Every so often we want a show that is only available on cable, like Doctor Who or Orphan Black. These we buy through Amazon Instant. I figure the cost of a season pass to one of these is less than a month of cable, and again, no ads. It’s a bummer to wait until the next day, but we’ve gotten used to it. I can’t stomach the way BBC America butchers shows to allow advertising–they even removed scenes from Broadchurch, which would have ruined the show.

    As you pointed out, sports are better on cable. It’s a good thing folks here aren’t really into sports most of the time, and no one misses cable. Every so often there’s a soccer match my husband would like to watch, but his interest in it isn’t equal to the amount it would cost to maintain a cable subscription, so he finds somewhere else to watch it, or goes without.

  3. Aereo. Solves nfl. Use Espn app and someone else’s cable acct. to authenticate. This works for Disney etc.

  4. One of the biggest pros I’ve found is the lack of commercials for the kids. Now that they only watch programs through Netflix, they aren’t bombarded with the constant stream of junk advertisers are trying to push on kids these days. It’s rather jarring now sitting with the kids with a normal set, and getting all those ads. On the flip side, streaming my favorite shows through Hulu or on network sites tend to have the same ads repeatedly, making the forced commercial breaks very annoying (networks — I don’t mind watching the ads when I’m not paying for content, but PLEASE don’t repeat an ad during a single show!)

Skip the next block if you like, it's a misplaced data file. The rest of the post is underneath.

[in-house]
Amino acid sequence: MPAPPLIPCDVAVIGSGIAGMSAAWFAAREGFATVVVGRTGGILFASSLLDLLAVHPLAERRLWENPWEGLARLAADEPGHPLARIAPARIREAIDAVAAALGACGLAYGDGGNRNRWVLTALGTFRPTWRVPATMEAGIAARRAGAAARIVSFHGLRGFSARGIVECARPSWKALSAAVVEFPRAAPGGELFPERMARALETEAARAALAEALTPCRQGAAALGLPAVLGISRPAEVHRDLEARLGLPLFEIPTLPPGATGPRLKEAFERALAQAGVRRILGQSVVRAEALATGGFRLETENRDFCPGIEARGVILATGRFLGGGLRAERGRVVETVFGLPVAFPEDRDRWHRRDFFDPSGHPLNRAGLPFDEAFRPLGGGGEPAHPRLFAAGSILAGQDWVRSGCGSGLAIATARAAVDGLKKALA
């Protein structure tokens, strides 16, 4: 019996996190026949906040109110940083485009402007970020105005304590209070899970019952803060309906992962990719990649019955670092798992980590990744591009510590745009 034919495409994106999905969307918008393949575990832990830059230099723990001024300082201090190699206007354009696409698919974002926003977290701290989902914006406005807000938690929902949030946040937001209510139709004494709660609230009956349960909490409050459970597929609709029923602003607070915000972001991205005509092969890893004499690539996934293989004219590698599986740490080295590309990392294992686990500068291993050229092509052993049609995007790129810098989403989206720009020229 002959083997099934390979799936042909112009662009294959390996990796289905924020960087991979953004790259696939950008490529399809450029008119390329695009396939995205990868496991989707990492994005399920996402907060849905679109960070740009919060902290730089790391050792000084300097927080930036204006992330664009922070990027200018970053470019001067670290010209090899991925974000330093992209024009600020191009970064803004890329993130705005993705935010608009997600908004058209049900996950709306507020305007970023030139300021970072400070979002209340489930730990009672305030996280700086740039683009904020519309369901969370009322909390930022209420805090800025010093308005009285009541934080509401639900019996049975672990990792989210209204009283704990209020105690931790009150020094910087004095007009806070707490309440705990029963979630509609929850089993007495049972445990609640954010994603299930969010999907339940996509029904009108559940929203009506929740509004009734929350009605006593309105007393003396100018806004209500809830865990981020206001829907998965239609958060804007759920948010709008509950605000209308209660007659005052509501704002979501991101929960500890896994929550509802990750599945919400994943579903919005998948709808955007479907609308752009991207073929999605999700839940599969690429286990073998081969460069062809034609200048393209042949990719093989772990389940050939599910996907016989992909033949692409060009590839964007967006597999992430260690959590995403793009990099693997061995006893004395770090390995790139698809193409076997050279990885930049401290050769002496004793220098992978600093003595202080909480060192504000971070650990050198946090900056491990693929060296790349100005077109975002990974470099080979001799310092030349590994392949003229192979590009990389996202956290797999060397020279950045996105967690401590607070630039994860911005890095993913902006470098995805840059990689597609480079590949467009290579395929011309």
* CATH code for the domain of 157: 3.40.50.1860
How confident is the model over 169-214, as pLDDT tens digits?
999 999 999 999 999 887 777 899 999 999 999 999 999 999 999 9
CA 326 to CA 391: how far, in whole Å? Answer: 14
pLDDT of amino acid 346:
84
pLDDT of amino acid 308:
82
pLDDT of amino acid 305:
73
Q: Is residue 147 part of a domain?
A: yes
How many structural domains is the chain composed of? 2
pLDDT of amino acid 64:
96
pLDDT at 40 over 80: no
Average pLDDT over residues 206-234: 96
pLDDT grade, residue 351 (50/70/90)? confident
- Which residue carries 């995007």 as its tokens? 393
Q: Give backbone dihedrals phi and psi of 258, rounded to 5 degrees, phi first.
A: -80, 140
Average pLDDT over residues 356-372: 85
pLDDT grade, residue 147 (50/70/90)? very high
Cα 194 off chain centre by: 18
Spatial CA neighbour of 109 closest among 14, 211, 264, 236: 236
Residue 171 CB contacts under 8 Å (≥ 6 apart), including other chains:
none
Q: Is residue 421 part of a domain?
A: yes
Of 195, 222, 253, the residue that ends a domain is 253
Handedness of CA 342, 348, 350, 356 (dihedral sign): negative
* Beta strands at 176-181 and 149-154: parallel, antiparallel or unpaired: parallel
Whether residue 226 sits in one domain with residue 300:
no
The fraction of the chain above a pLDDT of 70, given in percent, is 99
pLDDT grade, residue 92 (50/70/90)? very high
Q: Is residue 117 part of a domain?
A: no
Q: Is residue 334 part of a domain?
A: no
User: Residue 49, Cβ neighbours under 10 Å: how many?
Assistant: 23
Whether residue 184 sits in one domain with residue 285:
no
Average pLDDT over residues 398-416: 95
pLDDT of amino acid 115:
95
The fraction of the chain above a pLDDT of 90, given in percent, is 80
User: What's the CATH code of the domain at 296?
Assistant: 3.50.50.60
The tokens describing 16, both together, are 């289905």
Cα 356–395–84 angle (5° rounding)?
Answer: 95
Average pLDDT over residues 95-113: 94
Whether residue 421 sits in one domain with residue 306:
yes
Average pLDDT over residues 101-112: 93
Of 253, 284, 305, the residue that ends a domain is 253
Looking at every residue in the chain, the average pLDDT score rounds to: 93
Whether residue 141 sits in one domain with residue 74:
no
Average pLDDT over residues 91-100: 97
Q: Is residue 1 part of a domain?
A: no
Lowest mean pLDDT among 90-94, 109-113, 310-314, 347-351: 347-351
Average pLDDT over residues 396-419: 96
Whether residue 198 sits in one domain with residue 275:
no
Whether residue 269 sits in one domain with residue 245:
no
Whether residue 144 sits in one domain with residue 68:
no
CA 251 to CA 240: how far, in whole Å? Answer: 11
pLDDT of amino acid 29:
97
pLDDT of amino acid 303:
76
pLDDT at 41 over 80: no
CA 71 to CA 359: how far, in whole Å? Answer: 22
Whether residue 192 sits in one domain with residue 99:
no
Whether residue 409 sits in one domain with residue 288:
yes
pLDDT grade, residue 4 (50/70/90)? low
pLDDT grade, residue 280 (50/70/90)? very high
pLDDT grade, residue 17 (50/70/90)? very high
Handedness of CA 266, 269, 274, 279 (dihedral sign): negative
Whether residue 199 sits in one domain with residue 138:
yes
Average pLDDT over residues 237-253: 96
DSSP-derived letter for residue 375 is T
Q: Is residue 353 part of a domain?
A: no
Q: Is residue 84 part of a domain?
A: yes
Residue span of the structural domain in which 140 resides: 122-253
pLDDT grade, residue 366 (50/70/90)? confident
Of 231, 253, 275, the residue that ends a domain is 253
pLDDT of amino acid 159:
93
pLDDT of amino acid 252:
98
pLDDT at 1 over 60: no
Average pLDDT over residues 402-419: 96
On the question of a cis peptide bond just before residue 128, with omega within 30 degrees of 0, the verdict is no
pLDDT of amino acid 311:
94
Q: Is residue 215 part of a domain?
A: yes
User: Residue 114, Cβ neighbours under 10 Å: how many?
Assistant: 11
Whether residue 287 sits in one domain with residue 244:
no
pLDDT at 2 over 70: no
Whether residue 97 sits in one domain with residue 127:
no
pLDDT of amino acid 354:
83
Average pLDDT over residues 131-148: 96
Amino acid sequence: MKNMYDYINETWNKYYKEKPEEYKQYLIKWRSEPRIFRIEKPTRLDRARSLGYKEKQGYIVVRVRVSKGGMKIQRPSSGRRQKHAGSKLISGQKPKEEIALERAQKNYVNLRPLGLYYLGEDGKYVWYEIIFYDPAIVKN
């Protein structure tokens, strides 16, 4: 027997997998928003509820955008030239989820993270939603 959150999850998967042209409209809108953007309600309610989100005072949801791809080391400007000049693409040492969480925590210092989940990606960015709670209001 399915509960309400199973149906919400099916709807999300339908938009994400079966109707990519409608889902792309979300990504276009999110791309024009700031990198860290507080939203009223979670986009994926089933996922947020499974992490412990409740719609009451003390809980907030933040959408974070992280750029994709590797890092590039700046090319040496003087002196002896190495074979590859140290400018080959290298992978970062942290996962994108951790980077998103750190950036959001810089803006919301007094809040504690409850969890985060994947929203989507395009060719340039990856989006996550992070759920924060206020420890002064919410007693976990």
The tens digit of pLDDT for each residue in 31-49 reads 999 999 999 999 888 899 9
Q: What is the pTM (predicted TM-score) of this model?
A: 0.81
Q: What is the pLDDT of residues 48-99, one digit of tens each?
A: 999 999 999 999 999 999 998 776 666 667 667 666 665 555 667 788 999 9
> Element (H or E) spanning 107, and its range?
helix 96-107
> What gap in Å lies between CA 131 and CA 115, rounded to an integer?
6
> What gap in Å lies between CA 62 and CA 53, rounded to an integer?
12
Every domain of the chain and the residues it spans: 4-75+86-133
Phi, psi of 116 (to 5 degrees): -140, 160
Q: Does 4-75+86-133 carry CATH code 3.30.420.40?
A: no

Sports was THE big issue for me when I cut the cord. I’m a huge football fan, and not being able to watch the local team was rough, to say the least. HD Antennas will pick up most games, but it won’t cover out-of-market games, and in my case, I couldn’t pick up most channels OTA. My solution came through, a website that streams sports from overseas, mostly through Sky Sports in England. It’s not always the best streams, especially with lesser, non-marquee matchups, but I didn’t miss a game. Even had access to the Olympics live in HD.

    Most of the time, there are solutions to your issues, but you just have to put a little effort and/or sacrifice, and it’s well worth the savings.

    1. Thanks for the tips DG. The sports issue will be a big one. I know we can get the networks on our OTA antenna, although we’ll have to deal with blackouts when our local teams (Broncos, Rockies, Avalanche) are playing.

  5. Although some premium programming may not be available to watch right away without a subscription, we’ll be seeing a lot more cord-cutting options from content providers in the near future. I work for Winegard, an OTA antenna manufacturer, and many of our customers are cord-cutters. Networks like Comedy Central are embracing this trend, and they even launched an app that delivers next-day programs of its hit shows. No need for a subscription! I also advise my customers to keep a journal of their TV viewing habits for a few weeks… many times they find that most of their favorite programs can be seen with an antenna or on a streaming service. Then cutting the cord is a no-brainer!

    1. Yes, I’ve heard of the company you work for. Thanks for the insight! We’re very happy to have such a strong OTA signal here. I just hope networks such as the ABC family of programming and FX will allow folks without cable/satellite subscriptions to watch their programming, even if it’s a week late.

  6. For me there was a huge long term difference in the pricing where we were paying around $160 a month for cable tv / internet to now where we’re at $110 and we upgraded our Internet from 50 megs to 500 and we have even more to watch now but… and this was a big but… The taxes and the Lease. We had to ‘lease’ our equipment previously and we had to pay taxes for all of this crap upwards of $20 a month + $16 lease fee for 2 rooms compared to now where I pay tax on my Internet and that’s it. As for your thesis about Viagra: How long does it take for viagra to work after you take it?